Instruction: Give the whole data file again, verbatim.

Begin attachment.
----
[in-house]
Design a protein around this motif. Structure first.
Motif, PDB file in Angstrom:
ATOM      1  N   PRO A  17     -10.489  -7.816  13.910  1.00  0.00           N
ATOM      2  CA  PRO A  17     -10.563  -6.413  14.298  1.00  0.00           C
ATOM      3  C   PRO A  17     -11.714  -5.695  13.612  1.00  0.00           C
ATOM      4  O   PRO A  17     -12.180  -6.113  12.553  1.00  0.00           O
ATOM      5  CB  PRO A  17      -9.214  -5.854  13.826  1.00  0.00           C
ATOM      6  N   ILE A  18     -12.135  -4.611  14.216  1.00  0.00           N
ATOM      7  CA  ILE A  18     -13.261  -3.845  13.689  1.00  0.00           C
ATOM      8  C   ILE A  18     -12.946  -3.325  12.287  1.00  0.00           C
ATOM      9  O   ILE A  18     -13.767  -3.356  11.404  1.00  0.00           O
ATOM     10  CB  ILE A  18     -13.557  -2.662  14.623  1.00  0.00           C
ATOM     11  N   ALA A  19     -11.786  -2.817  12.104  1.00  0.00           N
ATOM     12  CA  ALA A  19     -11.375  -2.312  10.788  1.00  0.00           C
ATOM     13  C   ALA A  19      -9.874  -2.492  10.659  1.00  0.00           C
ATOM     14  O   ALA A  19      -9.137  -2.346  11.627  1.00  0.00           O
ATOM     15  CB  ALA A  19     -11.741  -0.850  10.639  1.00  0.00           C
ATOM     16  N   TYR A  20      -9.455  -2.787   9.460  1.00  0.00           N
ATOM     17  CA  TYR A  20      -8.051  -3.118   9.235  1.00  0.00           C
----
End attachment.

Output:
[in-house]
Design a protein around this motif. Structure first.
Motif, PDB file in Angstrom:
ATOM      1  N   PRO A  17     -10.489  -7.816  13.910  1.00  0.00           N
ATOM      2  CA  PRO A  17     -10.563  -6.413  14.298  1.00  0.00           C
ATOM      3  C   PRO A  17     -11.714  -5.695  13.612  1.00  0.00           C
ATOM      4  O   PRO A  17     -12.180  -6.113  12.553  1.00  0.00           O
ATOM      5  CB  PRO A  17      -9.214  -5.854  13.826  1.00  0.00           C
ATOM      6  N   ILE A  18     -12.135  -4.611  14.216  1.00  0.00           N
ATOM      7  CA  ILE A  18     -13.261  -3.845  13.689  1.00  0.00           C
ATOM      8  C   ILE A  18     -12.946  -3.325  12.287  1.00  0.00           C
ATOM      9  O   ILE A  18     -13.767  -3.356  11.404  1.00  0.00           O
ATOM     10  CB  ILE A  18     -13.557  -2.662  14.623  1.00  0.00           C
ATOM     11  N   ALA A  19     -11.786  -2.817  12.104  1.00  0.00           N
ATOM     12  CA  ALA A  19     -11.375  -2.312  10.788  1.00  0.00           C
ATOM     13  C   ALA A  19      -9.874  -2.492  10.659  1.00  0.00           C
ATOM     14  O   ALA A  19      -9.137  -2.346  11.627  1.00  0.00           O
ATOM     15  CB  ALA A  19     -11.741  -0.850  10.639  1.00  0.00           C
ATOM     16  N   TYR A  20      -9.455  -2.787   9.460  1.00  0.00           N
ATOM     17  CA  TYR A  20      -8.051  -3.118   9.235  1.00  0.00           C